Pristine, picturesque, paradise. Common words which are often used to describe our Pacific Island Countries. It is not unusual to hear that a visit to the Pacific region sits on the bucket lists of many people. With crystal clear waters as far as the eye can see, swaying palm trees, and fresh ocean air, it is easy to understand why any Pacific Island Country would be a dream holiday destination.
A famous writer and undersea explorer, Arthur C. Clarke, once remarked – “How inappropriate that we call this planet Earth, when it is quite clearly Ocean”. And it would be hard to find a Pacific Islander who does not agree with this. Connected through the largest ocean in the world, it holds deep cultural, social, and economic significance to Pacific Islanders. As stewards of the Blue Pacific, visitors are often welcomed with open arms and quickly learn from locals why the ocean holds such high importance in Pacific culture.
For those of us working to protect the Pacific’s vast ocean and its’ way of life through resilient blue economic development, we see beyond its beauty and fear its’ demise from a myriad of challenges. Policy makers such as the Deputy Prime Minister and Minister for Tourism and Civil Aviation, Viliame Gavoka, acknowledged the opportunities that tourism brings to Fiji, while recognizing its negative impacts on Fiji and the region’s fragile ecosystems. This is especially true with the high usage of single-use plastics by tourism activities. As shared by local marine scientist and ocean health advocate, Andrew Paris, “Contributions of Pacific Island Countries to the plastic pollution crisis are greatly outweighed by the effects on Pacific people’s cultural, economic and social connections to the ocean— once again we find ourselves on the frontlines of a planetary crisis”.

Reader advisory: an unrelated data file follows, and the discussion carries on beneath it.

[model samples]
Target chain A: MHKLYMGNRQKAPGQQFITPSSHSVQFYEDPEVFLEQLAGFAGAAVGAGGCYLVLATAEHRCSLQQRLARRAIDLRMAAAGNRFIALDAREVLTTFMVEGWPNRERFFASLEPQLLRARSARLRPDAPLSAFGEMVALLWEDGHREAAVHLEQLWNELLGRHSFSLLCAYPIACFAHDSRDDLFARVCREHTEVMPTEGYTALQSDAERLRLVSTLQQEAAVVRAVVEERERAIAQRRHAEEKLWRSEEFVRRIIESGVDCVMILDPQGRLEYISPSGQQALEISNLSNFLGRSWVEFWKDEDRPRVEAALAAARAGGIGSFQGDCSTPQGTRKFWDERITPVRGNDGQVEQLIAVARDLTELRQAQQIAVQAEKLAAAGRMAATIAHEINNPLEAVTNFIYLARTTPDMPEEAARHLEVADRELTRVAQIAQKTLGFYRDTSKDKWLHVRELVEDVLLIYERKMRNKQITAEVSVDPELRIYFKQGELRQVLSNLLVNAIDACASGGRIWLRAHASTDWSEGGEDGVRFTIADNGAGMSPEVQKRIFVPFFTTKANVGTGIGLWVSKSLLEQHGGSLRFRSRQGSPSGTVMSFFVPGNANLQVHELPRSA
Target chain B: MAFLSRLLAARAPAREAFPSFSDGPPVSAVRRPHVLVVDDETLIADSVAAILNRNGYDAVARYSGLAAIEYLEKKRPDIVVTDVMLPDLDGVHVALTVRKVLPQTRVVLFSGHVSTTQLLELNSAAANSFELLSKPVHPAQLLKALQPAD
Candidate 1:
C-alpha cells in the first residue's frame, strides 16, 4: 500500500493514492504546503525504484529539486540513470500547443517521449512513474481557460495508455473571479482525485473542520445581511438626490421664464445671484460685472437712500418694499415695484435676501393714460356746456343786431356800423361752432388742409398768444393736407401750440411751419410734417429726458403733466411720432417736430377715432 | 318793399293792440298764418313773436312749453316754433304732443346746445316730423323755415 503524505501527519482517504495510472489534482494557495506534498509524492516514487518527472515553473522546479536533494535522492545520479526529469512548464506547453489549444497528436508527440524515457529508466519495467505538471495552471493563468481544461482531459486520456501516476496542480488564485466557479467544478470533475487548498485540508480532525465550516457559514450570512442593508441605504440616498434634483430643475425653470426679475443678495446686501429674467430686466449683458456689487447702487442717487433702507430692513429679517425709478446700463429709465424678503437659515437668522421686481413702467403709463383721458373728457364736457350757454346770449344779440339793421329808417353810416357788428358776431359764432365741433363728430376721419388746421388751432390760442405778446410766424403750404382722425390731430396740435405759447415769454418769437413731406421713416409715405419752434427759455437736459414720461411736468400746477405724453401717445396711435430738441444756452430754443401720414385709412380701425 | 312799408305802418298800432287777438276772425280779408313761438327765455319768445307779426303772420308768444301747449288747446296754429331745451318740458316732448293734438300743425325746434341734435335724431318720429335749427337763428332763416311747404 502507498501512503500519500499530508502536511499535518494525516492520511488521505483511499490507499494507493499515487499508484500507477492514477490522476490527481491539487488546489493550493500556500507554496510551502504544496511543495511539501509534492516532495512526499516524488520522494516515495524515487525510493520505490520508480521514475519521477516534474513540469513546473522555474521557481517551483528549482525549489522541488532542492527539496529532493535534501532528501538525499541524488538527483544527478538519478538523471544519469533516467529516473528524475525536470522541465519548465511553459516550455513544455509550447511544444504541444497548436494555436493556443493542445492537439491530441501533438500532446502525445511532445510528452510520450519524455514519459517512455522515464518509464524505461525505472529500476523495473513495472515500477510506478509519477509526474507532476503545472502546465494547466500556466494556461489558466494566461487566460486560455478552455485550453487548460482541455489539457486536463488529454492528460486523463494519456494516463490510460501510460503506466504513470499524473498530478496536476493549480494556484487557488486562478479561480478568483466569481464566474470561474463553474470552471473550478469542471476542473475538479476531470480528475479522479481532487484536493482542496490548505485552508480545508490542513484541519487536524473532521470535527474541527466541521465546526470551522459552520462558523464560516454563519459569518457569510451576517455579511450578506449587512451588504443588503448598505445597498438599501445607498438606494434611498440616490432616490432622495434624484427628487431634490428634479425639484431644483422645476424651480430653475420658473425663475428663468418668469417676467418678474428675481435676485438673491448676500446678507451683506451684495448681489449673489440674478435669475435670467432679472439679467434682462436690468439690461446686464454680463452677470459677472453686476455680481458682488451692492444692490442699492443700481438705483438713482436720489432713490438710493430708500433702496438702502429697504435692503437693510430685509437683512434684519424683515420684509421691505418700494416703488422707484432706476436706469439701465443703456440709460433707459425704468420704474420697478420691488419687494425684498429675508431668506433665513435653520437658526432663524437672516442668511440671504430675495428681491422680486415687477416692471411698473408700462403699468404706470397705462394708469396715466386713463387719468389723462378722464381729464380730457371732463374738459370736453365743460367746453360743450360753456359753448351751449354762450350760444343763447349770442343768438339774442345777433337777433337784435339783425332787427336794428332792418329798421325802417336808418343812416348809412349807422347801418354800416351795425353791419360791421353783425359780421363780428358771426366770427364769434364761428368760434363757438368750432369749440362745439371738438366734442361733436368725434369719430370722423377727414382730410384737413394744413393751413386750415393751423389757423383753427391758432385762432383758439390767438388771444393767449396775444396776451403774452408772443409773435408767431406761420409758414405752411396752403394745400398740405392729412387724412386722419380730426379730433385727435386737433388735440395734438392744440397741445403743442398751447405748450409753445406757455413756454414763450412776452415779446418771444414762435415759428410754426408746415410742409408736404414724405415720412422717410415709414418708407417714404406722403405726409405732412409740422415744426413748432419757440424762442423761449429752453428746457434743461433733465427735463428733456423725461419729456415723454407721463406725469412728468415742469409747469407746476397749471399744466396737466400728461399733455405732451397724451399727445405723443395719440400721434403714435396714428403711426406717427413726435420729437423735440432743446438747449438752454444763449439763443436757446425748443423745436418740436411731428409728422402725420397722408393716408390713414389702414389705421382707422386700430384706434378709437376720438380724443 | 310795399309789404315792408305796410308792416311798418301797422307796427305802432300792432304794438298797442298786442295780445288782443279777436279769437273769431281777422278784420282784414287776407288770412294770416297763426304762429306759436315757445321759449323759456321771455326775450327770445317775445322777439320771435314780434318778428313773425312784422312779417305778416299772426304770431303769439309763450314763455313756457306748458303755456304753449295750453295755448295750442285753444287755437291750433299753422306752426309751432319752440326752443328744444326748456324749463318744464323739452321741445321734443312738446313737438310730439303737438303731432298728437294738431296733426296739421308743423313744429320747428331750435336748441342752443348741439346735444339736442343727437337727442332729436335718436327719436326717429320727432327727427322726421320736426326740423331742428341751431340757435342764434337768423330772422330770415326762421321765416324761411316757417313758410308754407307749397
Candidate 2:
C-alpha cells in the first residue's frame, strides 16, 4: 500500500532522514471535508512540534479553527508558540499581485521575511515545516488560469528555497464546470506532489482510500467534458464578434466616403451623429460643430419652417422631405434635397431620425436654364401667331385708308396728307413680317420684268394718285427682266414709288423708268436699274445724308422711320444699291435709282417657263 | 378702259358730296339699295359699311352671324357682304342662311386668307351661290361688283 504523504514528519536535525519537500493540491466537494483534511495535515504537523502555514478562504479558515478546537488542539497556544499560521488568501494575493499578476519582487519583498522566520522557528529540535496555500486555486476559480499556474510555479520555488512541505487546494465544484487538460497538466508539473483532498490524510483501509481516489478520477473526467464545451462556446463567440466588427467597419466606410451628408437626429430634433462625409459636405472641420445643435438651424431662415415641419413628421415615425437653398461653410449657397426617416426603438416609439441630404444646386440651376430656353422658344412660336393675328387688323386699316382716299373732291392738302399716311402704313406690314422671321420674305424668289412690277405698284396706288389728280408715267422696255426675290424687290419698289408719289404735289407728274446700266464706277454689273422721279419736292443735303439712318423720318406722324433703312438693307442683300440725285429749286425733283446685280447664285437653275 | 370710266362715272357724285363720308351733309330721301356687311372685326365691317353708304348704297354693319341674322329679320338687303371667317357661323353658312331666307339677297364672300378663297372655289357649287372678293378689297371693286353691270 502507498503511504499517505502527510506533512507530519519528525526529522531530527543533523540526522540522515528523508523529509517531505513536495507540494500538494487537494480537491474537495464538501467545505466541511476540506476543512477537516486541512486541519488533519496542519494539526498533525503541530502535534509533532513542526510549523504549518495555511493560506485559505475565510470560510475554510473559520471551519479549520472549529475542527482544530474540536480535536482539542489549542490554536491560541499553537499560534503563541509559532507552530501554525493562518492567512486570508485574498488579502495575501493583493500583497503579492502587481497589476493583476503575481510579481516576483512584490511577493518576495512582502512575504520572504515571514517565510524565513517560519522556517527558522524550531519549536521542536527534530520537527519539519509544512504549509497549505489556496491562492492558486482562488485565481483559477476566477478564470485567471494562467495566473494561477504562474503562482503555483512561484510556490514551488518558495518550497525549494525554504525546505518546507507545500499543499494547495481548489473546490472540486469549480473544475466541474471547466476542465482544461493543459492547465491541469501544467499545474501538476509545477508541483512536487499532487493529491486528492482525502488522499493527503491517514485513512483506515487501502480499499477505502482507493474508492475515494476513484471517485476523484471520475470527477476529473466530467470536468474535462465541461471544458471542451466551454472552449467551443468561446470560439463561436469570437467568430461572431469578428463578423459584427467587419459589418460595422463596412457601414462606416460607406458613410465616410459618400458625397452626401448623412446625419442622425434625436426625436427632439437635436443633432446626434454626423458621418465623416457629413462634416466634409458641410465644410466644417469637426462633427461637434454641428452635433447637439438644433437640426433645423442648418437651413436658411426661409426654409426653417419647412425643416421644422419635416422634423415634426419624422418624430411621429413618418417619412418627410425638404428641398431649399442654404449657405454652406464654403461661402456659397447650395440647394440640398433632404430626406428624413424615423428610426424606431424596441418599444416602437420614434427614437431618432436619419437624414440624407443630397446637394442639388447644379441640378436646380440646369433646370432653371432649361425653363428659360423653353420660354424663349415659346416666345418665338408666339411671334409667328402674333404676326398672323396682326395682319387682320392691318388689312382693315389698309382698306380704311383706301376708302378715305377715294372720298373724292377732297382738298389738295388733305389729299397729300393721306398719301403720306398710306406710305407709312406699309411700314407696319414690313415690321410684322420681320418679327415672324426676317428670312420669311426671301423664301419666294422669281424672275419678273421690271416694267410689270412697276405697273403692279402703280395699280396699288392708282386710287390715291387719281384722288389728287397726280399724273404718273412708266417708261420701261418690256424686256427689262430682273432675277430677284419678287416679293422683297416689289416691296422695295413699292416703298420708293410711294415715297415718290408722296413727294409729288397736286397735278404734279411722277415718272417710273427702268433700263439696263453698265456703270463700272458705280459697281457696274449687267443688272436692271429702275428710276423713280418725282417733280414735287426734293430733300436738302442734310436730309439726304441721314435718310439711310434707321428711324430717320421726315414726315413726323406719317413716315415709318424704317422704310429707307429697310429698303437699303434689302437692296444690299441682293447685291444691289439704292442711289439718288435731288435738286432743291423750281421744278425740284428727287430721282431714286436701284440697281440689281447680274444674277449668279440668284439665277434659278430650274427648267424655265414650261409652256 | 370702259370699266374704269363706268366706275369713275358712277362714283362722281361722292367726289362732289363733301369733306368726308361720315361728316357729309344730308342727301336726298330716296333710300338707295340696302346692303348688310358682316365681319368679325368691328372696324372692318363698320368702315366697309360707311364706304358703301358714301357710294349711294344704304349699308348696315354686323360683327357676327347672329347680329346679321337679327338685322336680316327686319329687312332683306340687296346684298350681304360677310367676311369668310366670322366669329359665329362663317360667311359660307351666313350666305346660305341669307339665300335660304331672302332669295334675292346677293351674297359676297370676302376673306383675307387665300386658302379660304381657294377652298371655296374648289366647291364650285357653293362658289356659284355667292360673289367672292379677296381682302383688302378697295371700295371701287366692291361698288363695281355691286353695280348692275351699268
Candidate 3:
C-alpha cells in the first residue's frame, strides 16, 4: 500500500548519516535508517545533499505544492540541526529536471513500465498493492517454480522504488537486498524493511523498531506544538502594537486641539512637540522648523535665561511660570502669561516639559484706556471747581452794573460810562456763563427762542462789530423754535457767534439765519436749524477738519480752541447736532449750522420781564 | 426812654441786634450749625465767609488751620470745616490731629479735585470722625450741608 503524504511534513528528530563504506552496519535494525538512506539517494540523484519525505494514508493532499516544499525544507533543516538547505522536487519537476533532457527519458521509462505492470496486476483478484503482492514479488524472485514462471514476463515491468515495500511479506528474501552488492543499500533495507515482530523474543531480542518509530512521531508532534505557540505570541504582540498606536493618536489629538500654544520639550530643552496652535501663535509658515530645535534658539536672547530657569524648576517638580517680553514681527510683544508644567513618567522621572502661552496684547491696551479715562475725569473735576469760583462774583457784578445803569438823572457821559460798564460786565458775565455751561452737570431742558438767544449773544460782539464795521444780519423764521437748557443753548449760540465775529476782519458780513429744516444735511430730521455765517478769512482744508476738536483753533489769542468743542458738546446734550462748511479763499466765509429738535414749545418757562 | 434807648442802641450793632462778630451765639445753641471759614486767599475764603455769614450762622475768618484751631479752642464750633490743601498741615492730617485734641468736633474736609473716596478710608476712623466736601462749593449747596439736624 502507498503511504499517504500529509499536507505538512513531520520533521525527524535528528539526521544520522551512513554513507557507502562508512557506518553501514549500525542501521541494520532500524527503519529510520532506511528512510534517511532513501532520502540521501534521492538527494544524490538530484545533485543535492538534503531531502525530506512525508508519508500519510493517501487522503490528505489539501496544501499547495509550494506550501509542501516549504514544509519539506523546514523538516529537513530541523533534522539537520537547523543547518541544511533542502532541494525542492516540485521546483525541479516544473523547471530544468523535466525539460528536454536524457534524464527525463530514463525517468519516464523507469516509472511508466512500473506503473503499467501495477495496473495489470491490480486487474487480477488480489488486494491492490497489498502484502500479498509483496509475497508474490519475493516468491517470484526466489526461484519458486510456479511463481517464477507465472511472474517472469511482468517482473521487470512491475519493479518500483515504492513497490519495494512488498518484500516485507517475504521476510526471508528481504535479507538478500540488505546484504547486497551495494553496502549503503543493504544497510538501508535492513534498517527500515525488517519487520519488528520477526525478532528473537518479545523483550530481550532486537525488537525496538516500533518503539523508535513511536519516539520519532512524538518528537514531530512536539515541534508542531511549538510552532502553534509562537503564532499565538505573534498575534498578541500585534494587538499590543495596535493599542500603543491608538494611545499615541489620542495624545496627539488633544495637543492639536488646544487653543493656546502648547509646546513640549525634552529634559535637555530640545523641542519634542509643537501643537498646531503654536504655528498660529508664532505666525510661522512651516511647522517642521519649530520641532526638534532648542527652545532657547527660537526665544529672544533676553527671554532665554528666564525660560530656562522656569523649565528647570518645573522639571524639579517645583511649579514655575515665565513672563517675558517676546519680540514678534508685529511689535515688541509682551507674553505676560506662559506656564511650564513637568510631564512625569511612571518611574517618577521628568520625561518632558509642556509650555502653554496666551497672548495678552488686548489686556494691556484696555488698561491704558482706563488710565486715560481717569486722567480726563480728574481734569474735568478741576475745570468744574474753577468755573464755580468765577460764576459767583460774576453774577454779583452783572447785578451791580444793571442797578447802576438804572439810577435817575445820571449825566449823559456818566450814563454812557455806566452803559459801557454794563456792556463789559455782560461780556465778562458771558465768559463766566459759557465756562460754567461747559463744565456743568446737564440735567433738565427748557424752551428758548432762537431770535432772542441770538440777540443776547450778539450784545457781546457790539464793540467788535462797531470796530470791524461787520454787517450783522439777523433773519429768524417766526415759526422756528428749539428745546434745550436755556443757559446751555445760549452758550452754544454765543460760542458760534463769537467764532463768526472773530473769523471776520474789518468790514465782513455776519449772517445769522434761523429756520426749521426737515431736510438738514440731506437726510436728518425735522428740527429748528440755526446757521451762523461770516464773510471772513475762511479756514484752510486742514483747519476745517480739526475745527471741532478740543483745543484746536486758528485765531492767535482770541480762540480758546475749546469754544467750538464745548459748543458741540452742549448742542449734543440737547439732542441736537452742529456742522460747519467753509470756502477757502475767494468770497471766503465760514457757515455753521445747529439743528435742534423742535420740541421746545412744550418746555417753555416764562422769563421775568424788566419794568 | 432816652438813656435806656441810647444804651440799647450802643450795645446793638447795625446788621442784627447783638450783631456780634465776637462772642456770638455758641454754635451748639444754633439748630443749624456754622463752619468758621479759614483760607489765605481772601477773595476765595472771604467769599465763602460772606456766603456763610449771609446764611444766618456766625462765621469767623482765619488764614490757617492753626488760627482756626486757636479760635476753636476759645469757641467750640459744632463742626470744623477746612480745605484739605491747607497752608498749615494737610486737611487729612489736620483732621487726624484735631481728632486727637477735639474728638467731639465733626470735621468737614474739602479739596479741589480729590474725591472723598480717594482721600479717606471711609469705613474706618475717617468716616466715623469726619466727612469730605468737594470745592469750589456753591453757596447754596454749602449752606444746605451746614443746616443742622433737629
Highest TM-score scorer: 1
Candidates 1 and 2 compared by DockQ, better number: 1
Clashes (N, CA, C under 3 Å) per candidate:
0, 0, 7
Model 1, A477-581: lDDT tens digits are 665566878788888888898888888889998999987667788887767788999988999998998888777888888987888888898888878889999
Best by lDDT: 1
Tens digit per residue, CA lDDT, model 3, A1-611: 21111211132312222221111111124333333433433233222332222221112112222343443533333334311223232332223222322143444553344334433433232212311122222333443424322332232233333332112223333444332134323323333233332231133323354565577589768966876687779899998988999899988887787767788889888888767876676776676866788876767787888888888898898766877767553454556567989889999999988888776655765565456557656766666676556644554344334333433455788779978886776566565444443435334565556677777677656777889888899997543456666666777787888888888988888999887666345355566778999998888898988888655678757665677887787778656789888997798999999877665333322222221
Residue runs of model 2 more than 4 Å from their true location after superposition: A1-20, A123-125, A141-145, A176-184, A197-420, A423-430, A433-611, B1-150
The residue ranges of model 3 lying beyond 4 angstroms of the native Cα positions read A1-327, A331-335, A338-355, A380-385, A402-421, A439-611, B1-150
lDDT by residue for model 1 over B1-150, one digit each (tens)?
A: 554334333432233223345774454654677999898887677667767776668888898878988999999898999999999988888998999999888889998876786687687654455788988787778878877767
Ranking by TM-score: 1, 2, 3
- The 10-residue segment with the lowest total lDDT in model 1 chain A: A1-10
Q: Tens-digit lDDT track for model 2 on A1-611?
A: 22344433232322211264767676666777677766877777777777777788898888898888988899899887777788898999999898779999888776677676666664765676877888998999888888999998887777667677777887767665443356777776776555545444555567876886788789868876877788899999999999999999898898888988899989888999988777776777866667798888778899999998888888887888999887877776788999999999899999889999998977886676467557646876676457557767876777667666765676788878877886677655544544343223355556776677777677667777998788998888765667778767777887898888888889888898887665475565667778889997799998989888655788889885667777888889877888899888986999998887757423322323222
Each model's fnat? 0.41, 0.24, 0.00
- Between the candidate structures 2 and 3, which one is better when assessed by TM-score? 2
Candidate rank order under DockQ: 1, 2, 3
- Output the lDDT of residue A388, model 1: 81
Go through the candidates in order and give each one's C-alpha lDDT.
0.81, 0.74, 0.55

Today, we celebrate “World Oceans Day” on 8 June 2023 to bring global attention and action to the vital importance our World Ocean’s, and we thank the Pacific Island Forum for their leadership and advocacy every year to bring attention to the Pacific and this year’s theme, ‘Planet Ocean: Tides are Changing’. At the same time, we celebrate World Environment Day 2023 with this year’s theme #BeatPlasticPollution — reminding people that their actions matter.